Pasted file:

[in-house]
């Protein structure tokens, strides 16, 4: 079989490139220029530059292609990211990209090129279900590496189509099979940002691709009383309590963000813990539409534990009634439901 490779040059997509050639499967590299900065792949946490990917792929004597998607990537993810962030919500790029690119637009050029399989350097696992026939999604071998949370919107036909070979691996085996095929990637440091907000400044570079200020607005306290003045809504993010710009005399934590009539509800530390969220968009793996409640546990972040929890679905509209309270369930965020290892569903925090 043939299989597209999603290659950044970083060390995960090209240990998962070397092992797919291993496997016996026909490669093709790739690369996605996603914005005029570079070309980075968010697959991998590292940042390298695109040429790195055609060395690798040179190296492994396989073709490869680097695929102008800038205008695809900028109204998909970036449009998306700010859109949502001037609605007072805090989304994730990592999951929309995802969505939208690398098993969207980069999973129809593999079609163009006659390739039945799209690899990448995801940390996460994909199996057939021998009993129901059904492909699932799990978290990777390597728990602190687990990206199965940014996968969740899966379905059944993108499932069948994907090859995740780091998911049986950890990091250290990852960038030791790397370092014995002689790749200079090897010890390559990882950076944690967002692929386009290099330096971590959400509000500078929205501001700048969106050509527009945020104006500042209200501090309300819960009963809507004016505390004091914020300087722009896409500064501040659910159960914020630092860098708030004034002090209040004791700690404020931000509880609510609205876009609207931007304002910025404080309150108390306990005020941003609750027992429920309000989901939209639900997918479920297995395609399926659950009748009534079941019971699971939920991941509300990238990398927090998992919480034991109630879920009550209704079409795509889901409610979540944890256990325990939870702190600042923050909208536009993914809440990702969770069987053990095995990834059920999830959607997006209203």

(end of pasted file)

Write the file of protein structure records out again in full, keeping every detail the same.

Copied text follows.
[in-house]
């Protein structure tokens, strides 16, 4: 079989490139220029530059292609990211990209090129279900590496189509099979940002691709009383309590963000813990539409534990009634439901 490779040059997509050639499967590299900065792949946490990917792929004597998607990537993810962030919500790029690119637009050029399989350097696992026939999604071998949370919107036909070979691996085996095929990637440091907000400044570079200020607005306290003045809504993010710009005399934590009539509800530390969220968009793996409640546990972040929890679905509209309270369930965020290892569903925090 043939299989597209999603290659950044970083060390995960090209240990998962070397092992797919291993496997016996026909490669093709790739690369996605996603914005005029570079070309980075968010697959991998590292940042390298695109040429790195055609060395690798040179190296492994396989073709490869680097695929102008800038205008695809900028109204998909970036449009998306700010859109949502001037609605007072805090989304994730990592999951929309995802969505939208690398098993969207980069999973129809593999079609163009006659390739039945799209690899990448995801940390996460994909199996057939021998009993129901059904492909699932799990978290990777390597728990602190687990990206199965940014996968969740899966379905059944993108499932069948994907090859995740780091998911049986950890990091250290990852960038030791790397370092014995002689790749200079090897010890390559990882950076944690967002692929386009290099330096971590959400509000500078929205501001700048969106050509527009945020104006500042209200501090309300819960009963809507004016505390004091914020300087722009896409500064501040659910159960914020630092860098708030004034002090209040004791700690404020931000509880609510609205876009609207931007304002910025404080309150108390306990005020941003609750027992429920309000989901939209639900997918479920297995395609399926659950009748009534079941019971699971939920991941509300990238990398927090998992919480034991109630879920009550209704079409795509889901409610979540944890256990325990939870702190600042923050909208536009993914809440990702969770069987053990095995990834059920999830959607997006209203």